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I have a centos webserver with the following partitions:

Filesystem    Type   1K-blocks      Used Available Use% Mounted on
/dev/md1      ext3     4956160   4697064      3272 100% /
/dev/md3      ext3     4956224   1192056   3508340  26% /var
/dev/md2      ext3   224524852  11572104 201363464   6% /home
/dev/md0      ext3       77649     23622     50018  33% /boot

I can't figure out why md1 is leaking space. Only 20 mins ago it read like below. Can anyone recommend a way of checking which file is getting larger/ taking up the space?

Filesystem    Type   1K-blocks      Used       Available Use%    Mounted on
/dev/md1      ext3   4956160        4696852    3484      100%    /


Do any of these look out of the ordinary?

12K     /aquota.user
7.8M    /bin
18M     /boot
204K    /dev
104M    /etc
12G     /home
312M    /lib
20M     /lib64
16K     /lost+found
8.0K    /media
0       /misc
8.0K    /mnt
0       /net
99M     /opt
0       /proc
110M    /root
32M     /sbin
8.0K    /selinux
208M    /sources
8.0K    /srv
0       /sys
84K     /tmp
2.7G    /usr
1.1G    /var
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You may also want to run this as root: "find / -mtime -1 -ls" . This will tell you the files edited within the last day, and their full filesize. –  REW Nov 1 '10 at 15:58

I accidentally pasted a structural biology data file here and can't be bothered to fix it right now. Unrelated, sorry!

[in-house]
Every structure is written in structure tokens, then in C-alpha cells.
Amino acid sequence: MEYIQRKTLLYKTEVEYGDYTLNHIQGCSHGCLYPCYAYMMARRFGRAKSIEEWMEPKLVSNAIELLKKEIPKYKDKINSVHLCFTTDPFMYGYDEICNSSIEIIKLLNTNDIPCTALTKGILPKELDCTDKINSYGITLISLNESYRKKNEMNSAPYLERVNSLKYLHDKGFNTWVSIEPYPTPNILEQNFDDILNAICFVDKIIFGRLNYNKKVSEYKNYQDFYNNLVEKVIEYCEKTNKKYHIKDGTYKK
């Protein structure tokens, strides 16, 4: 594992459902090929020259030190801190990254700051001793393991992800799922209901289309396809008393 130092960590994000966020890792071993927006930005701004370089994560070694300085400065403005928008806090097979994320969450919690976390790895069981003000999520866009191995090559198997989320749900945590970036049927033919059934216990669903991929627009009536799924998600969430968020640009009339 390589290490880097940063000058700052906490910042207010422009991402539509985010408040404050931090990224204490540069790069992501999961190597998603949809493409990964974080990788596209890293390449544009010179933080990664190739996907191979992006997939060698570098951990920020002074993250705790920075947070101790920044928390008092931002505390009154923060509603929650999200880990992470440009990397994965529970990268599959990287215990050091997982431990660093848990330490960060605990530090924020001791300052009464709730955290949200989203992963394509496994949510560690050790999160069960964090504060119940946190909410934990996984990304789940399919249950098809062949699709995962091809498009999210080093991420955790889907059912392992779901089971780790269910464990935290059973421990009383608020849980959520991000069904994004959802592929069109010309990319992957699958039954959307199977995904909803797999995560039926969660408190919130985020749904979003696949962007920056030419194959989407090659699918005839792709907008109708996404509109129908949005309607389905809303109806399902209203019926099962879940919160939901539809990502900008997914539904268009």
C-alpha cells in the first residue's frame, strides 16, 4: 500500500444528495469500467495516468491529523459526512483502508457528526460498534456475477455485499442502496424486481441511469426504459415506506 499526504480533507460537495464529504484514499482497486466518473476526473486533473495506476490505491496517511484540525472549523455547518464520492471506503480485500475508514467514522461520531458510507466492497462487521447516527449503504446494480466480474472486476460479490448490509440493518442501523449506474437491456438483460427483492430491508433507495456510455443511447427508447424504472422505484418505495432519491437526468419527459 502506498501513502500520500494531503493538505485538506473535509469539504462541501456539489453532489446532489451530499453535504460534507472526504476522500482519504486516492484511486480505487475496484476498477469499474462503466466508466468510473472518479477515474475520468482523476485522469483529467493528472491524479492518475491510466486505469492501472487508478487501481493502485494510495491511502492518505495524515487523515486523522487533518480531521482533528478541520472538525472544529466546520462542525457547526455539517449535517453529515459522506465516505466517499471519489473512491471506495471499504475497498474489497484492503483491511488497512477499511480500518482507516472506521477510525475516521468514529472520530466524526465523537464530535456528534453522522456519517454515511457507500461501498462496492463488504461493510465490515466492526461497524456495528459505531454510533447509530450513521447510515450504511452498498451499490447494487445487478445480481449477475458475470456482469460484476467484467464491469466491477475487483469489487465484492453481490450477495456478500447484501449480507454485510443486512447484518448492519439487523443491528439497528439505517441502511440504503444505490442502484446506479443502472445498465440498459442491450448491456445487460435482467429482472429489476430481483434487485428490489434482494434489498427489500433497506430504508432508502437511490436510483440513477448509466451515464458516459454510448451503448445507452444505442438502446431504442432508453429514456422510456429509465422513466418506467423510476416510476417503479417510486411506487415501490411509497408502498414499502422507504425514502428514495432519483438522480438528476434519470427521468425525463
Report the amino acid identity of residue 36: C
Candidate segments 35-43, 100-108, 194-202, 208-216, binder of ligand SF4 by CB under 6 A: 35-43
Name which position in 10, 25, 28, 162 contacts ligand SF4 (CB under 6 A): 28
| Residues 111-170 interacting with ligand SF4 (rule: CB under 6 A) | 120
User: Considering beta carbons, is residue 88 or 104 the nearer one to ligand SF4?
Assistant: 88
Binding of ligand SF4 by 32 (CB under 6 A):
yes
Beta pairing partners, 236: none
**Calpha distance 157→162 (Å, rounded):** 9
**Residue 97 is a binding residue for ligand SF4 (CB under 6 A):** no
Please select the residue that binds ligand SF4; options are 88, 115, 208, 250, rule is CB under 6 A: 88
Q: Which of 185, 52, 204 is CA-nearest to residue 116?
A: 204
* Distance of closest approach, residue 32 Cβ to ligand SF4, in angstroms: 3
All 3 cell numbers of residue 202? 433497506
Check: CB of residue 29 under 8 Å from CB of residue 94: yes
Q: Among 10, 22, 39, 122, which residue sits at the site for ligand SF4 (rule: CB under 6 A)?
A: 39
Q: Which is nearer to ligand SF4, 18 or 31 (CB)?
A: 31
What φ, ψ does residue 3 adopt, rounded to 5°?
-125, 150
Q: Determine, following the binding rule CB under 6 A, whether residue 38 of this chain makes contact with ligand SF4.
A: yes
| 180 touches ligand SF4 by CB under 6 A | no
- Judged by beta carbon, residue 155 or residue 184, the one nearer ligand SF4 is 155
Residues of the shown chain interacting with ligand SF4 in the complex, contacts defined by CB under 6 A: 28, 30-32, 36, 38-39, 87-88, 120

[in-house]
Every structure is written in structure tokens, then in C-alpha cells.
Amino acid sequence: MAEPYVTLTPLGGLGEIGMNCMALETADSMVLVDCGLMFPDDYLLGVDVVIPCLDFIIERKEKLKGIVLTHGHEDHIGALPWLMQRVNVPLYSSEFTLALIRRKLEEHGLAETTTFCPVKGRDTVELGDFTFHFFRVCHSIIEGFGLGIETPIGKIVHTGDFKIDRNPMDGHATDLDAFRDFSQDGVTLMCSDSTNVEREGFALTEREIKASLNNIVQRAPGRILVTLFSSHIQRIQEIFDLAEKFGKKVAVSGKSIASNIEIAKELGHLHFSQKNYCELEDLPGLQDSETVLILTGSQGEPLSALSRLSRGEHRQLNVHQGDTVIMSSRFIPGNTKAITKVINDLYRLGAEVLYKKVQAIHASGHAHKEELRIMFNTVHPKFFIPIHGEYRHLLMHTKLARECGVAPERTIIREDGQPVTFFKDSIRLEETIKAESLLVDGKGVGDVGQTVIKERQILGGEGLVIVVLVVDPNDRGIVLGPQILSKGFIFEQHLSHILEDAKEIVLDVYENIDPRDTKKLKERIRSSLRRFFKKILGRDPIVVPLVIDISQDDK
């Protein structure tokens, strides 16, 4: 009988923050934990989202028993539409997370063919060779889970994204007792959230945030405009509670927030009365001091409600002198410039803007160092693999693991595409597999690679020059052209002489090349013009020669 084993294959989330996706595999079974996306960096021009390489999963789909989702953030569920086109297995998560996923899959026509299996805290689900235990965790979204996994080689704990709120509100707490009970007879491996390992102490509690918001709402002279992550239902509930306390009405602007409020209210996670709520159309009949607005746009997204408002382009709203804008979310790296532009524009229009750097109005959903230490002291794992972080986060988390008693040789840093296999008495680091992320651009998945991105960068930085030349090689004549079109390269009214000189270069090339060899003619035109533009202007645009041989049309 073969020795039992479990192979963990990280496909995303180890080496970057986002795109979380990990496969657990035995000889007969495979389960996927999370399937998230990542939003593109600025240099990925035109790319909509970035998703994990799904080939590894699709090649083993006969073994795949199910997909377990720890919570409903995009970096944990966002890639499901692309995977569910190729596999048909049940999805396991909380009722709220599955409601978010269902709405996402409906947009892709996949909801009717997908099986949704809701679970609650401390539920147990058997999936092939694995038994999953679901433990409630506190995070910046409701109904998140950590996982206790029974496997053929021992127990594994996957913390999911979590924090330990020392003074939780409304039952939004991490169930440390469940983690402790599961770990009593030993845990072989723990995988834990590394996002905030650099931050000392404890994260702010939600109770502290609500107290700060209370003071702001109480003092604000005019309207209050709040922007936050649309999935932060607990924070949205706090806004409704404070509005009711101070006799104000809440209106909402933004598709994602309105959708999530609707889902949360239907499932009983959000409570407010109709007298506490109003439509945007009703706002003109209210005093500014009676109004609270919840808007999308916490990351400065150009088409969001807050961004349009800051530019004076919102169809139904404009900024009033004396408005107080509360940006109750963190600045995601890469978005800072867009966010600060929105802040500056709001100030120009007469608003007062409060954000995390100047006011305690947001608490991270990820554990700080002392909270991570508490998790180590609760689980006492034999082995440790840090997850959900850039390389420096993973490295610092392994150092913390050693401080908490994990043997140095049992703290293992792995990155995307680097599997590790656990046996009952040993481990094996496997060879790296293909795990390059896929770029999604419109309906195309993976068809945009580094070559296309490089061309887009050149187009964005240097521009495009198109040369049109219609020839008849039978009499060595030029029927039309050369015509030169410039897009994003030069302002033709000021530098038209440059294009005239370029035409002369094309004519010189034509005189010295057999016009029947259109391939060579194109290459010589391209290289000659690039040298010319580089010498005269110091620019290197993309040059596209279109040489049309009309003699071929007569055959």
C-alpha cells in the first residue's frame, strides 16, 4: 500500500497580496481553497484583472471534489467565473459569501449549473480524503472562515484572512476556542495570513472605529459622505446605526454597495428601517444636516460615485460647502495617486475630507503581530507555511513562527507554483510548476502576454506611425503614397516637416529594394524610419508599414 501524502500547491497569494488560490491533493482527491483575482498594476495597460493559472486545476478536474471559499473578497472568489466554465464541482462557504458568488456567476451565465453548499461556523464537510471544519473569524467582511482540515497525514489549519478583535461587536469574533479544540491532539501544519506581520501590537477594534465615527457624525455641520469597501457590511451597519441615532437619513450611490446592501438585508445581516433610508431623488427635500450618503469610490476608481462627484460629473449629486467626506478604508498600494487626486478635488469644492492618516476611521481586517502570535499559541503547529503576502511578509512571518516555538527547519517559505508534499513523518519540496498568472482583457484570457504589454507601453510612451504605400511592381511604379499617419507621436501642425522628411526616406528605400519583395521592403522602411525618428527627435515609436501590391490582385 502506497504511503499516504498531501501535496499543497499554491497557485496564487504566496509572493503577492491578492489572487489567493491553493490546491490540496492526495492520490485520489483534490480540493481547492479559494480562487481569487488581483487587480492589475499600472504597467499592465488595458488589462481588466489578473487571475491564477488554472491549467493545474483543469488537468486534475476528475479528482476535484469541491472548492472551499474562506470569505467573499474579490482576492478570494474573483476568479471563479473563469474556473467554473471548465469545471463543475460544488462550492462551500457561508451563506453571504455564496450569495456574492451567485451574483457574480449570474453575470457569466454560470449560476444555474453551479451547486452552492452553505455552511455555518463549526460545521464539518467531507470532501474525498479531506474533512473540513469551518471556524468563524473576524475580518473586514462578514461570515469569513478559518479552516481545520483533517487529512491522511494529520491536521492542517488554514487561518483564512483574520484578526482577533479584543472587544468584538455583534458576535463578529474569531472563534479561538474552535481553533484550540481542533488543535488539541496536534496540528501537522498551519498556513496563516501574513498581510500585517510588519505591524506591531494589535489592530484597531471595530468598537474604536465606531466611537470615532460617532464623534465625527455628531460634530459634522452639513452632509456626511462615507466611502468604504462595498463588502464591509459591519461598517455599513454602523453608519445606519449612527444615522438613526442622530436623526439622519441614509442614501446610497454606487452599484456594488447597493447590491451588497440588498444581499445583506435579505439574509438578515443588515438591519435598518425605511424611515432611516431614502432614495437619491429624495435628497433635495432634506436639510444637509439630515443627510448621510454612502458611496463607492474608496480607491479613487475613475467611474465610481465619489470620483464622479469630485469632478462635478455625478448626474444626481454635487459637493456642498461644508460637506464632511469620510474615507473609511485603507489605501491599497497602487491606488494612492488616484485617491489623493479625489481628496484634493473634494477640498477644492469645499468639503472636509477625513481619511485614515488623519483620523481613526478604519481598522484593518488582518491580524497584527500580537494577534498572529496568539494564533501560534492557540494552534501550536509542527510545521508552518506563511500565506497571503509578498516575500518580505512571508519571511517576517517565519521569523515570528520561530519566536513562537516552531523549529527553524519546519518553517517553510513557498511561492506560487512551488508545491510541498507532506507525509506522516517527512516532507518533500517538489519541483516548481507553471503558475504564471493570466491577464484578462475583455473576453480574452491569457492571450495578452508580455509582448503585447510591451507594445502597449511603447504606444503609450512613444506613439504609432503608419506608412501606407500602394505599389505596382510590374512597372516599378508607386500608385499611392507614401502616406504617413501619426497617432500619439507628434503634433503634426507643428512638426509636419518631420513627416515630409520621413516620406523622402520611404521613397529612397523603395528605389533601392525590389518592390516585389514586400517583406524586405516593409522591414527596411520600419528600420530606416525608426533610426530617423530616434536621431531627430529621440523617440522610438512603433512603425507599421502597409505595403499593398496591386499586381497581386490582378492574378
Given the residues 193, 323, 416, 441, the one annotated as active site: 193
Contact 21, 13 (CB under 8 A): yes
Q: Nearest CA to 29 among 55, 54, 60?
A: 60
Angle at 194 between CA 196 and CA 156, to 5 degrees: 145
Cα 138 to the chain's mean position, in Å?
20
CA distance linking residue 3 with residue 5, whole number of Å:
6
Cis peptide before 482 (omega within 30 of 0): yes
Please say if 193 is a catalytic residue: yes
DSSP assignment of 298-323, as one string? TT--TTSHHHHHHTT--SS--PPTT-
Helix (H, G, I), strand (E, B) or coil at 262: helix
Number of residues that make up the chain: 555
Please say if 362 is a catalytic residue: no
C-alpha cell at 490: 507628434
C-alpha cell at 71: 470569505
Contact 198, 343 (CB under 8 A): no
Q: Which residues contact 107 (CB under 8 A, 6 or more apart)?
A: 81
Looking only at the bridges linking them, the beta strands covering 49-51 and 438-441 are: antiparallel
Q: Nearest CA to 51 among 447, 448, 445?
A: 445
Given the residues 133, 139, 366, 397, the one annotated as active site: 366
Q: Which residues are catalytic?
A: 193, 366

4 Answers 4

No /tmp? Are you not showing the full list?

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You can use the "du" command to see how much space is consumed by various directories. If you start at the top level and run something like this:

du -ks * | sort -n

This will sort directories and files from smallest to largest (displaying size in kilobytes). If it looks like most of the space is in one directory, cd to that directory and rerun the above command. Rinse and repeat until you find out where the files are.

There's always the possibility that this will fail because the space is being consumed by a file that is opened but has been deleted. You can use the lsof command to see which processes have open files on that filesystem.

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I'd suggest starting with:

du -shx /*

That will show you the sizes of the directories in the root partition. Pick one that seems large (say /usr) and do:

du -shx /usr/*

Keep poking around until you find what's eating up your space. Be sure to use the -x flag so you are only looking at the root partition.

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You show /tmp in the du output but not in the df output. If /tmp is on /, that will definitely fluctuate - and easily by the amount you're seeing.

If you can, get /tmp onto its own partition, even if you have to use tmpfs and effectively put it into core/swap. Other candidates for a rapid deportation from your (tiny!) root partition are /opt, most of whatever's taking up space in /root (though not /root itself), and /sources. Get those off into /home and soft-link them through.

Let me clarify that the underlying problem, to my mind, is the 5G root partition. There's no excuse for that, not on a machine with a 200GB HDD.

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